Latson’s work embodies curiosity, patience and close observation. It is inspired by sea anemones and the motion of a water-bound world, exploring forms that blur lines between animal and plant, realism and fantasy, sculpture and specimen. Lappi is interested in observing and examining how architecture and spatial environments influence our perceptions and affect reality; in particular, her focus is on the experience and emotional charge of different places and the fluid boundaries between reality and fiction.
Her sculptural practice explores the relationship between physical spaces, man-made structures and the human mind — the psychogeography of places.
Libeskind is a multidisciplinary artist whose research-based practice examines the construction of history and the enduring power of images.
Working across collage, installation, video and performance, the artist appropriates and recontextualises images in order to disrupt imposed boundaries — between the personal and public, ancient and contemporary, societal and cultural — revealing unexpected parallels.
From performance work to arresting sculptural work constructed from ebonised wood, through to paintings which utilise his own unique material Pascollar, Pascal’s work is a direct reflection of his experiences as an artist, boxer and a man of African and Caribbean roots.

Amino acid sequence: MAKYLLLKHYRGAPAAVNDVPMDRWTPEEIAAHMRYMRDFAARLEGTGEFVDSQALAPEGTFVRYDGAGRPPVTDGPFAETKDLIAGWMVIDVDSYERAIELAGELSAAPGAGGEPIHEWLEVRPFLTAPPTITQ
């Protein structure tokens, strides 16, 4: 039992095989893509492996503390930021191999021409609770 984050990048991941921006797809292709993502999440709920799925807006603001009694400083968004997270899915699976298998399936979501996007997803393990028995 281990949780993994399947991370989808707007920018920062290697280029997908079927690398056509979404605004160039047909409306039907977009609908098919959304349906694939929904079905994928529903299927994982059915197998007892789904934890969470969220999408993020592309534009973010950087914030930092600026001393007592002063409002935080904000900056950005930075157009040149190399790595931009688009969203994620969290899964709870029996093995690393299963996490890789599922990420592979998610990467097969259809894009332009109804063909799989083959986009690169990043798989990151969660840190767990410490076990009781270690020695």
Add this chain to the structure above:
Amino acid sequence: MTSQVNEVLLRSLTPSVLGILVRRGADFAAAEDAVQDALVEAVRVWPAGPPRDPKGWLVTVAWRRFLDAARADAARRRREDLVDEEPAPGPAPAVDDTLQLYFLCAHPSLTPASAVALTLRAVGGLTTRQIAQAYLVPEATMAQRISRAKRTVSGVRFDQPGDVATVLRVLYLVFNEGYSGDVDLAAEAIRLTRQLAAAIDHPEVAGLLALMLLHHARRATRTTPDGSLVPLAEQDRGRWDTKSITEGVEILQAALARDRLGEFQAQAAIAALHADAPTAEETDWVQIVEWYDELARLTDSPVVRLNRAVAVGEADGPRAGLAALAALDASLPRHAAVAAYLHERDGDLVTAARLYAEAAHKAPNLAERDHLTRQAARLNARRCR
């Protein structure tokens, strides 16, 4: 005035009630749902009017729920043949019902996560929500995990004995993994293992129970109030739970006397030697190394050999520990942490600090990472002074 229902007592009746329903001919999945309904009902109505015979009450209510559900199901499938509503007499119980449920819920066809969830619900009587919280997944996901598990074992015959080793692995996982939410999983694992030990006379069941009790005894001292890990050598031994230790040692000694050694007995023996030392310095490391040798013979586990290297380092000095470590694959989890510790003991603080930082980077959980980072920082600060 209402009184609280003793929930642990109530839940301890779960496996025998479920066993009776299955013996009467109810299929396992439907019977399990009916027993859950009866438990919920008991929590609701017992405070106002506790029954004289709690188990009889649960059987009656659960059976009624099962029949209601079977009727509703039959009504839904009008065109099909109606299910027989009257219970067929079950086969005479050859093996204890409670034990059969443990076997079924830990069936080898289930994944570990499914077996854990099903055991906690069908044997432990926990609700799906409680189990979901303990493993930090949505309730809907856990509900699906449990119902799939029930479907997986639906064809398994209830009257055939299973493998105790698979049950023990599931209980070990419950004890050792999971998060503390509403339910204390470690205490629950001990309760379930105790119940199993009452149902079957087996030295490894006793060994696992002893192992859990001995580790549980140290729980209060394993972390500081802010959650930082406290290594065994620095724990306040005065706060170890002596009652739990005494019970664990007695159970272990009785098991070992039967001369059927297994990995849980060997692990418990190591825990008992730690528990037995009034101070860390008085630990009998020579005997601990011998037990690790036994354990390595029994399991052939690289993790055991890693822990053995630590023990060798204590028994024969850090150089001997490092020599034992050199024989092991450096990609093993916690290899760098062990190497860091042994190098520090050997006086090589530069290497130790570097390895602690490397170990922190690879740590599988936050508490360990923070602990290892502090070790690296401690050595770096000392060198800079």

His multidisciplinary practice explores the representation of the black body, the nature of masculinity, sexuality, personal agency, the place of community and the reverberations of art history.Sahli imagines poetic, dream-like worlds where she can experiment and create bridges between her three passions — space and volume, stemming from her architecture studies; silk thread, from her involvement with embroidery and the environment, from her personal interrogations regarding durable development and the future of the planet.
Shehaj was born in Albania. At age fourteen, he travelled from Albania to Greece and finally to Italy to complete his artistic studies, attracted by the Italian Renaissance tradition.
He made the first part of that journey crossing the forests of Greece for four days on foot. The raw earth elements of branches, trees and roots have remained as a persisting symbol in his mind and work. Through his experiences on this journey, his work was born.
Utilising elements of collage, precisely defined by colour, and sweeping, energetic hand-drawn lines in his works, Sekajugo, as a fervent critic of ethnocentrism in all its forms, draws on multiple cultural sources to create images that engage the viewer simultaneously with a sense of familiarity and strangeness. Each work is a plea for tolerance, a statement against racism, violence and discrimination.
Using art as an outlet, Valle projects the importance of battling against the overexploitation of land, along with the environmental impacts of pollution.
Zemmouri leads an in-depth reflection on the notions of construction, deconstruction, regeneration and transformation. She develops an elaborate work where natural phenomena (water, fire, earth) and materials such as wood, coal and earth, hold an essential place.